What are the different types of archaeological theory?

Jaffa, Israel, an ancient city that has been studied by many archaeologists.

Most archaeological theories deal with many of the same techniques, evidence, and historical facts, but approach them differently. Ancient civilizations were as complex and rich as the civilizations that exist today, which means there are dozens of different ways to approach and study them. Archaeological theory has always been a matter of controversy, slipping from cultural history to procedural and behavioral archaeology. These methods eventually led to an archaeological theory called post-procedural archaeology.

Procedural archaeologists applied the scientific method to excavating sites so that artifacts could be objectively evaluated.

Experts in the field of archeology have almost always argued over which archaeological theory is the most important and the most simplified. Cultural-historical archeology developed around 1860, after Darwin’s theories of evolution and natural selection became very popular. Proponents of cultural historical archeology have theorized that each culture is distinct and separate, with very strict codes of normal behavior. For example, if two pieces of pottery were found at an excavation site, one with dotted patterns and the other decorated with stripes, a cultural historical archaeologist would assume that the two pieces came from two different cultures.

The methods of cultural history theory were found to be somewhat flawed, though not illogical. This method of archeology postulated that all changes and variations within a culture must be derived from the observation of that people from another culture. The focus was primarily on why cultures changed and developed, rather than just observing that these developments happened. Methods for determining trade, movement, and relationships between cultures were retained from cultural-historical archeology and applied to other archaeological theories.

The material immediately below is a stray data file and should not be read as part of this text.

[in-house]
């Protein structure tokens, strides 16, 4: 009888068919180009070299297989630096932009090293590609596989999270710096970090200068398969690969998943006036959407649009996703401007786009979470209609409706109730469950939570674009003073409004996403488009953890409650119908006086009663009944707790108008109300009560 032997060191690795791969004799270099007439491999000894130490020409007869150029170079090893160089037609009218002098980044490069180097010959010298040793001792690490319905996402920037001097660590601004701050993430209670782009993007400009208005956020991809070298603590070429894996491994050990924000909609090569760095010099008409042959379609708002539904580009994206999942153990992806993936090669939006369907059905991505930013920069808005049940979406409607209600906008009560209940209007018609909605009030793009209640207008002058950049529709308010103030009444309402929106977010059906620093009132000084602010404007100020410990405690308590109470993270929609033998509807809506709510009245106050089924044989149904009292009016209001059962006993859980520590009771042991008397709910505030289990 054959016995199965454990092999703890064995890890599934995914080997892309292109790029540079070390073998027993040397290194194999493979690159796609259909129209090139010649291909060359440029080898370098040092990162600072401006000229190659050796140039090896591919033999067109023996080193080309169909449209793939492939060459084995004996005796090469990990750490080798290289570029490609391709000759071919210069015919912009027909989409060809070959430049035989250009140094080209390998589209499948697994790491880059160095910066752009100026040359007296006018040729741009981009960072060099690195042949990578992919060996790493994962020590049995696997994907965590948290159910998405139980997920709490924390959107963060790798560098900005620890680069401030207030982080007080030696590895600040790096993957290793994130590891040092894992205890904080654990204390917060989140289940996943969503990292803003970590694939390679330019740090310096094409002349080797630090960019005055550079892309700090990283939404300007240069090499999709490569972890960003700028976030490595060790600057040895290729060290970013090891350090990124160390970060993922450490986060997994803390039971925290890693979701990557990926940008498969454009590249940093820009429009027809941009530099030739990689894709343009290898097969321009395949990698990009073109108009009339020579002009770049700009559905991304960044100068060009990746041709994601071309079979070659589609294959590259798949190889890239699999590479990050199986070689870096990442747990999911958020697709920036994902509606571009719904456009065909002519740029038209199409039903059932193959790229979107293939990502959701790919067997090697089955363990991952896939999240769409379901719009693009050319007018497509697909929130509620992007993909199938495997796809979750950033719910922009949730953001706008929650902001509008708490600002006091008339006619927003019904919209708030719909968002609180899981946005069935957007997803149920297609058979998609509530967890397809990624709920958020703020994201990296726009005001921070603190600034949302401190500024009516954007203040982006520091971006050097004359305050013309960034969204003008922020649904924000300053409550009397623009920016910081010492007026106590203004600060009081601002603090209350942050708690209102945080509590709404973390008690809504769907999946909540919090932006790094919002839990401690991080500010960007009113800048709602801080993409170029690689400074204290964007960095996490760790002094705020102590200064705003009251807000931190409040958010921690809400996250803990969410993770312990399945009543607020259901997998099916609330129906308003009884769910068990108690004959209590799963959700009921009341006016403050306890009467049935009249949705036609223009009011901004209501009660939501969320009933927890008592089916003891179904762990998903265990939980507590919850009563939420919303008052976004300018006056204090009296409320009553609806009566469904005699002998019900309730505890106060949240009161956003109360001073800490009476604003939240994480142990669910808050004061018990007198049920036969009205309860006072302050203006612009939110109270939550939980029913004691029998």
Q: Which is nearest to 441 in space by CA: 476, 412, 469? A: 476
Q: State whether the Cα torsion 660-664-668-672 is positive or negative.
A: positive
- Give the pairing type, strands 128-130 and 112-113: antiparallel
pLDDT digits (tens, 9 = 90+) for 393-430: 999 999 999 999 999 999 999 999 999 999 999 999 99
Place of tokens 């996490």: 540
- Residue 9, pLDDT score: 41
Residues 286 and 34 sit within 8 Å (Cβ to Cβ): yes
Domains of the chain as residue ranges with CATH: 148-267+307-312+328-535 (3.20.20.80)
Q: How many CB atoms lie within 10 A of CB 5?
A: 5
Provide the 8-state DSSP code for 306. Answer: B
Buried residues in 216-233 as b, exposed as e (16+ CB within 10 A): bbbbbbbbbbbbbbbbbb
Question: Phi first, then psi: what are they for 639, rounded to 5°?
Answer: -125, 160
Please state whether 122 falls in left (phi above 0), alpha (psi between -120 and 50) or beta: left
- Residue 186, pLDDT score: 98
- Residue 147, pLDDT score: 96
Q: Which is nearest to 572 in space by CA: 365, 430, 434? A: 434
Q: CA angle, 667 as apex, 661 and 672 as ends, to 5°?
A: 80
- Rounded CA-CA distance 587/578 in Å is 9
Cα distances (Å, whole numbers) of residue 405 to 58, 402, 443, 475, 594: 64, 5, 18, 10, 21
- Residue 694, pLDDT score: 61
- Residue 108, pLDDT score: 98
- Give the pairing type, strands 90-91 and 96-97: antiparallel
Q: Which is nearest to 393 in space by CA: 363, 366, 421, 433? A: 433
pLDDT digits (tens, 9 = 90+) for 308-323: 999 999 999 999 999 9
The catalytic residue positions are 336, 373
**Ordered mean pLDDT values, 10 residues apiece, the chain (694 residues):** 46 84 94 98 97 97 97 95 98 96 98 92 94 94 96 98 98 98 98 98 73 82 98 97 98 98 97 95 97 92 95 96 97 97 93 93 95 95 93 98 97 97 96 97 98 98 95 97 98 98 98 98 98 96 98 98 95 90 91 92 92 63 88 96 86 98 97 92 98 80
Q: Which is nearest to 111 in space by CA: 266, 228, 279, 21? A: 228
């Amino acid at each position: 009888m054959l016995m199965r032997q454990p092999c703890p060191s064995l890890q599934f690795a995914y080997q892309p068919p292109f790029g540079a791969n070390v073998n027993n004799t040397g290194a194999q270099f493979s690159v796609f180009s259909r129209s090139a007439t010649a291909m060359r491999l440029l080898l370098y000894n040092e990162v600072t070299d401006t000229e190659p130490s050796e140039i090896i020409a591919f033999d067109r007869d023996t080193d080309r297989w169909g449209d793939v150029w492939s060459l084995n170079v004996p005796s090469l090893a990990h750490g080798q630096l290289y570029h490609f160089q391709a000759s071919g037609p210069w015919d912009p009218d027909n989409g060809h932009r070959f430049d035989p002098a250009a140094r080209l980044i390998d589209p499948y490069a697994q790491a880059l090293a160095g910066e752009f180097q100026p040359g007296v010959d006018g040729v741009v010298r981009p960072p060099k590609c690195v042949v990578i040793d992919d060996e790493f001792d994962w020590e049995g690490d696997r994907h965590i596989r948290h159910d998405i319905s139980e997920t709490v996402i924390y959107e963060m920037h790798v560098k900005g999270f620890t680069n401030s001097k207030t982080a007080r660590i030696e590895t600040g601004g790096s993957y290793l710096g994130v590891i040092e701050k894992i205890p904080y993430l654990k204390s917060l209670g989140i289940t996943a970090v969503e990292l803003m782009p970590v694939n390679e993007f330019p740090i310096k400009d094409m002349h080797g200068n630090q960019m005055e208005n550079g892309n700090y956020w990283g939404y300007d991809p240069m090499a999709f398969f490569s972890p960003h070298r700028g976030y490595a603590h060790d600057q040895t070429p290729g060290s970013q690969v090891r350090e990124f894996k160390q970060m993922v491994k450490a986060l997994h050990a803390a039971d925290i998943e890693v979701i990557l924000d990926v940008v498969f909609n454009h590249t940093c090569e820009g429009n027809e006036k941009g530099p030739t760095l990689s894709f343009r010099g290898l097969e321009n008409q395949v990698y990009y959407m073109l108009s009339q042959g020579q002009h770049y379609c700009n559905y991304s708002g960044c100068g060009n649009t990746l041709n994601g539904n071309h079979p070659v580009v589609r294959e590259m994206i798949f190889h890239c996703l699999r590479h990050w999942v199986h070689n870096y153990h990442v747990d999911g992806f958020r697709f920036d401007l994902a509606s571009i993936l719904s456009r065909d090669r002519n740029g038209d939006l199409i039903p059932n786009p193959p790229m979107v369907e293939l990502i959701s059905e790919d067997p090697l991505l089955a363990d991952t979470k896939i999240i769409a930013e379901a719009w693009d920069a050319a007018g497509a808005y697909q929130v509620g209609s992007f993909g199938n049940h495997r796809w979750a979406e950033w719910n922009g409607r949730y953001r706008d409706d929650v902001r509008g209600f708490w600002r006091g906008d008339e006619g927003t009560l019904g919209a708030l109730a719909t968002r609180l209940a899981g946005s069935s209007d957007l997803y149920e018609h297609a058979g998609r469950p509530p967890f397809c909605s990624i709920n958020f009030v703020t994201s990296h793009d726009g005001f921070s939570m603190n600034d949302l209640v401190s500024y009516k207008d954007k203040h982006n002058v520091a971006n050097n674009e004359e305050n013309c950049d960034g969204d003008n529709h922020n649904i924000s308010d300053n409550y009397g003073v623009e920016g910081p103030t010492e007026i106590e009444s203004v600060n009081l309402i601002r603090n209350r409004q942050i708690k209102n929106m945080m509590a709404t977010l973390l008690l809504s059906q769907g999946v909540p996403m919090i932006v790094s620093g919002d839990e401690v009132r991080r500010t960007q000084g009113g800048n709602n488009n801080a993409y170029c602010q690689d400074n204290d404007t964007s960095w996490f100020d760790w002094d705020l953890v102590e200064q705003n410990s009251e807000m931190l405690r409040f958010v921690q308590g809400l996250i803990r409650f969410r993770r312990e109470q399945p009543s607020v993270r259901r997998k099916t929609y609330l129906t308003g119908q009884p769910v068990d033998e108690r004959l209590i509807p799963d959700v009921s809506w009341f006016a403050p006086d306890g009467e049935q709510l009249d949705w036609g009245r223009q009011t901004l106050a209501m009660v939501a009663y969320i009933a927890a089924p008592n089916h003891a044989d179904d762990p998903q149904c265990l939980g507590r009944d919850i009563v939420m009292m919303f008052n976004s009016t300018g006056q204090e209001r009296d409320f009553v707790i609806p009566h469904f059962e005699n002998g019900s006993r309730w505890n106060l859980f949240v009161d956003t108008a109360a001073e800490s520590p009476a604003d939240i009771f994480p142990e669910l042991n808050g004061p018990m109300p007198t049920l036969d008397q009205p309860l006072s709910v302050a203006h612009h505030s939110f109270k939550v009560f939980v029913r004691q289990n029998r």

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Process archaeological theory developed both within and outside cultural-historical archaeology. In the early 1960s, many archaeologists became aware of what they called the very romantic and obstinate view that they felt that cultural historical archaeologists of the past had used when interpreting the data. To counter this, procedural archaeologists sought to apply the scientific method to archaeological dig sites, forming non-emotional hypotheses about how and why people lived. This archaeological theory helped excavators look at excavation sites more objectively, without putting their own opinions on the pieces of the puzzle, although some considered it a cool way to approach the story.

Behavioral archaeological theory is a kind of offshoot of procedural archaeology. Developed in the 1970s, these archaeological theories looked very objectively at how people acted. These bulldozers focused on the actions of ancient people without speculating why they acted the way they did. This method encouraged archaeologists to form a complete picture of a society, and of many of its individuals, without making judgments in advance.

Post-procedural archaeological theories are among the most recent theories developed. In the 1980s, a group of British archaeologists realized that excavators cannot piece together ancient cultures without applying their own images and theories to the pieces. Most post-procedural archaeological theories, therefore, encourage excavators to theorize, within reason, and examine why they think their theories are correct. In this way, archeology has become more of an art than a science.

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